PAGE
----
The Whole Bloody Thing
Mortal Kombat (or Mortal Kombat 9, if you prefer) released in 2011 for the Playstation 3 and Xbox 360. It was an amazing return to what made the original three entries in the franchise so engaging, and added a competitive twist. At last, it has come to the PC platform as Mortal Kombat: Komplete Edition. Instead of NetherRealm Studios bringing the game to the PC, High Voltage Software (the folks who brought us The Conduit) took up porting duties.
It’s fairly easy to sum this port of the game up: this is Mortal Kombat with every single feature intact, plus a few nice tweaks for the PC crowd. Nothing has been abandoned, and nothing significant has been added. What you get when you buy Mortal Kombat: Komplete Edition is the original game, all four DLC characters (Skarlet, Rain, Kenshi, and Freddy Krueger), and all fifteen alternate costumes and original fatalities that were available to console players as pre-order bonuses.
Some features have been bolstered: there are a lot of graphics options available from the get-go (do be warned though: the game auto-detects your “optimal” settings on the first run, and this can take a very long time, as it painstakingly changes each setting individually, one notch at a time). Things like super sampling, anisotropic filtering, FXAA, and higher-resolution textures are available to make the game look even better than its console counterparts. This is a very well-optimized port that will run smoothly on new and old hardware without any technical hiccups or slowdown.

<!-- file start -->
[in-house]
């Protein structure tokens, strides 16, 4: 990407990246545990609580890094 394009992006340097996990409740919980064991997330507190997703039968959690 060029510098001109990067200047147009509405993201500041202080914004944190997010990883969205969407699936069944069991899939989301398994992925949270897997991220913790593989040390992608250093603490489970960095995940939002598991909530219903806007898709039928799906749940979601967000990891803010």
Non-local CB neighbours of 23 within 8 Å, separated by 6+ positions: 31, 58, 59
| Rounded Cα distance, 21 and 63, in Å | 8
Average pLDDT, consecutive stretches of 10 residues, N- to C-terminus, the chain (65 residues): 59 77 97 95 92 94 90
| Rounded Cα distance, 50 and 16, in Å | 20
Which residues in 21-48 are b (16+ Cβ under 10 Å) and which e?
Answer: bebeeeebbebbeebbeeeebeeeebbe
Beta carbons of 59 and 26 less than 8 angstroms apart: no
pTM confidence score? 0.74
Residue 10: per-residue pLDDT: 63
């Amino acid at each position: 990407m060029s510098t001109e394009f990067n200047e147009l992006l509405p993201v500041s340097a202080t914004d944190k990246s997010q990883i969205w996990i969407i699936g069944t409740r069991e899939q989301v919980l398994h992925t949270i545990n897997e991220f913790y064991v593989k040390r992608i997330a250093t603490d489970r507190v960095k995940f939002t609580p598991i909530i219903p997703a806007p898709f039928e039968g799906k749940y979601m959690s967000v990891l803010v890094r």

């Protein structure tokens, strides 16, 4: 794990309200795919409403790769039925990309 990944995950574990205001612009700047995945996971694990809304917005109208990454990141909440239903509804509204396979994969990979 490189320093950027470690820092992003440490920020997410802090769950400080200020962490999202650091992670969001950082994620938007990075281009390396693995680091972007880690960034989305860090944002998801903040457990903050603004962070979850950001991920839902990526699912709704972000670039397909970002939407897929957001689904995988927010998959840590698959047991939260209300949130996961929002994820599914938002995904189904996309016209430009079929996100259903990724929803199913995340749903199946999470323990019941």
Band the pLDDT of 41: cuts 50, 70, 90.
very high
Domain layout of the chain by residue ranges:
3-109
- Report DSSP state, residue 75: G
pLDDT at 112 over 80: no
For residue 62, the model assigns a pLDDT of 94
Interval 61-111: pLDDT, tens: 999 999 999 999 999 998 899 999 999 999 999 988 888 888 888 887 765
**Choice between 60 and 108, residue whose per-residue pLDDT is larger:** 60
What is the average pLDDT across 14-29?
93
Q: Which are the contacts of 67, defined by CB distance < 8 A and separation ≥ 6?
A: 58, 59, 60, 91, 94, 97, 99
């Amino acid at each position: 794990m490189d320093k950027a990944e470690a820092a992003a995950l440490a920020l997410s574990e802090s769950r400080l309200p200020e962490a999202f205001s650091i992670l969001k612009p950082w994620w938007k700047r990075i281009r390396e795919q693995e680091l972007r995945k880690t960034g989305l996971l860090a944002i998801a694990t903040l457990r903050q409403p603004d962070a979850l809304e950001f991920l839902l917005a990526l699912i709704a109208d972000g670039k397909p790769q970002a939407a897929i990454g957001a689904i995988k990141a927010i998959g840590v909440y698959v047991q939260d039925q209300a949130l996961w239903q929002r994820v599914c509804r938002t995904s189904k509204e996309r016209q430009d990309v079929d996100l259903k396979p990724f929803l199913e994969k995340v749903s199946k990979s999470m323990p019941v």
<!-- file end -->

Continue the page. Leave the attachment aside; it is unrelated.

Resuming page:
There is one large issue that won’t affect people who didn’t come here for the story mode: cut scenes look awful. The audio quality is fuzzy, and the resolution looks like a YouTube video recorded in 720p, but downsized to 360p. Hopefully, this will be patched later; for now, it’s rather jarring to go from a crummy looking cut scene to the normal gameplay, especially when the console versions didn’t have this issue. Other than this, the game works as you’d expect: the controls are tight, keys are fully re-bindable (including the pause button, which was amazingly well thought out), and up to four players can participate in the carnage at once. If you were looking for a new way to experience Mortal Kombat on the PC, you’re not getting that; what you are getting is a very well-built port of Mortal Kombat on the PC, and it’s hard to complain about that.
A Steam code was provided for review